Clearly Dubai is in need of financial help from its wealthy neighbour, whether that help is structured as coming directly from Abu Dhabi itself or from the federal government.
But the federation will rightly demand something back from Dubai. In particular, it is likely to put a brake on the more fanciful real estate projects for which the emirate has become famous.
The Northern Emirates have already come to terms with their reliance on the federal government. Abu Dhabi already acts as a guarantor of their power projects, for example, and they, in turn, have been happy to relinquish some of their autonomy.
Ceding power and influence will be tough for Dubai, but it is necessary – both for the sake of its own economy and for the strength of the federation as a whole.
With Dubai’s economy expected to shrink further in 2010, banks and investors will not put fresh money into Dubai without a strong federal guarantee. If Abu Dhabi is to limit how much of its own wealth it has to spend in Dubai, it will need stronger federal organisations that can limit the amount of money -borrowed to fund speculative projects.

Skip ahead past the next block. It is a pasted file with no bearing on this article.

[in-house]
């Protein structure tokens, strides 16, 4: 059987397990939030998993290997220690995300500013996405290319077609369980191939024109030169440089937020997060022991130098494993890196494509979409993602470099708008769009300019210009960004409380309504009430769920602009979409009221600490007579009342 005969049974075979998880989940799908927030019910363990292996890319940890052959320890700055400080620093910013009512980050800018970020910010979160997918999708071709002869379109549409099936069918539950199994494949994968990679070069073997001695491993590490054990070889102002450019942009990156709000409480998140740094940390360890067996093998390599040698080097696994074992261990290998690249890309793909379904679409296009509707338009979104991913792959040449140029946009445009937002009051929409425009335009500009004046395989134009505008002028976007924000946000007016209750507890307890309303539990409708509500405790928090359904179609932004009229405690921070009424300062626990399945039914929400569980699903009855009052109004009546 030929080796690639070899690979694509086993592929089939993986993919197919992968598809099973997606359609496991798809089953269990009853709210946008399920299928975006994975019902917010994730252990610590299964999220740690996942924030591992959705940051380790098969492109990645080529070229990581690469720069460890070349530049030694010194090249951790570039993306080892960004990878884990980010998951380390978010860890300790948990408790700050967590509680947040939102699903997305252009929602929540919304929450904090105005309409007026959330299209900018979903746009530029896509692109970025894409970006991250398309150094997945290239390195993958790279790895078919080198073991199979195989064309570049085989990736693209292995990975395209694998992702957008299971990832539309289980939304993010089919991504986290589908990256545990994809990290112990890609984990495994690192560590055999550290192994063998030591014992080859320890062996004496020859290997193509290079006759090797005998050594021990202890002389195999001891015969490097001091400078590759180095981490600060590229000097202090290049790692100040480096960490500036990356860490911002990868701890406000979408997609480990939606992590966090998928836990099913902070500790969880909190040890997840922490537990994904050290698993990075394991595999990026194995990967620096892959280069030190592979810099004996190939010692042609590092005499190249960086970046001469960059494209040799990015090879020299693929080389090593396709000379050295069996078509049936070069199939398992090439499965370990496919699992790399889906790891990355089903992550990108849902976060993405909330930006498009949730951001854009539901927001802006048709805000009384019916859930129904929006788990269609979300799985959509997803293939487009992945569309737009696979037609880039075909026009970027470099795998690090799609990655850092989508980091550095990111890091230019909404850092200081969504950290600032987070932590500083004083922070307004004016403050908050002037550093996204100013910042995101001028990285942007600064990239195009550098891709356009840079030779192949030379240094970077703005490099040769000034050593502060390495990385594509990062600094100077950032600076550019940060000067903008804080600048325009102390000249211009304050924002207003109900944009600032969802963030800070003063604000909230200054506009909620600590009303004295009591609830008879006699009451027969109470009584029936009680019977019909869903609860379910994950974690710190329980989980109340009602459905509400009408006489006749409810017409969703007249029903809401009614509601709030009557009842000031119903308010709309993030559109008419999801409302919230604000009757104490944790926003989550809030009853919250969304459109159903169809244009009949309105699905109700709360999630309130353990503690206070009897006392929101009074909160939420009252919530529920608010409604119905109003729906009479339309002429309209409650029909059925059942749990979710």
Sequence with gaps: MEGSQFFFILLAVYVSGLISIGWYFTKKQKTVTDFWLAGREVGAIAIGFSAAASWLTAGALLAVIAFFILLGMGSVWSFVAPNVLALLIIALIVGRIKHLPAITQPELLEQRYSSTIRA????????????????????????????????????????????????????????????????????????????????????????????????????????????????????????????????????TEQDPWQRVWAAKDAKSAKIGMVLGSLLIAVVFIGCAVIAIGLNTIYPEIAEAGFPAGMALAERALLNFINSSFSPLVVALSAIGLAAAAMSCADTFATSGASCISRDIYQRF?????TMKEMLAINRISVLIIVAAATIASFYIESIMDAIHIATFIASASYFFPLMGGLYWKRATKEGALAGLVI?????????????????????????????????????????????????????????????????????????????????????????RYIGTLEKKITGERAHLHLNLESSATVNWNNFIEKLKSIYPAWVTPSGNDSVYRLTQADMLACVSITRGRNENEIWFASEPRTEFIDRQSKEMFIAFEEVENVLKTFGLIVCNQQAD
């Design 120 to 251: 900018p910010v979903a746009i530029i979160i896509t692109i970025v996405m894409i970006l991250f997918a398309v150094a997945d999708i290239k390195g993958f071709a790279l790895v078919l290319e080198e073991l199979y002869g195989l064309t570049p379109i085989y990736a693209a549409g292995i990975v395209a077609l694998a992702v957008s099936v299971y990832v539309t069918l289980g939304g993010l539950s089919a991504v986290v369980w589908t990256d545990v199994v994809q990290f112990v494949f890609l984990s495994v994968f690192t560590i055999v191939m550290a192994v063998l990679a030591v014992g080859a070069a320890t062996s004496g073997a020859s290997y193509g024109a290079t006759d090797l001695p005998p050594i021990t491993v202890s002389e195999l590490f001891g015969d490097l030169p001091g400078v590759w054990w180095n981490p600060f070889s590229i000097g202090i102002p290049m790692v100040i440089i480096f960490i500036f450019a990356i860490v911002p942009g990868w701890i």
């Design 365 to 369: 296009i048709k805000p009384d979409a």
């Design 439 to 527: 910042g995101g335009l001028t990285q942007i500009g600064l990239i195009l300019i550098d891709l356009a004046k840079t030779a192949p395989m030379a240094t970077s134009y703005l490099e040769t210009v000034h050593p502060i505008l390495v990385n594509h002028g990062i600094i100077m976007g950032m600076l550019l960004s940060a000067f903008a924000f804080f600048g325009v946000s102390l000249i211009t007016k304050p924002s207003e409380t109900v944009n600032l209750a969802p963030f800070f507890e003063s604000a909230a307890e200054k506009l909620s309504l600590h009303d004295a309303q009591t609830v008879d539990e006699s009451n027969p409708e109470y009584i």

The temptation for those dealing with Dubai’s debt crisis will be to try to do so behind closed doors. But full details of any financial restructuring that follows must be made public.
As was demonstrated during the Dubai World debt crisis in November 2009, a lack of -disclosure simply raises greater fears among creditors. And the close links between the emirates mean problems in one economy can affect all the others, even Abu Dhabi’s.
Ultimately, the emirates have more to gain through greater co-operation than they do by trying to continue under the looser federal structure currently in place.
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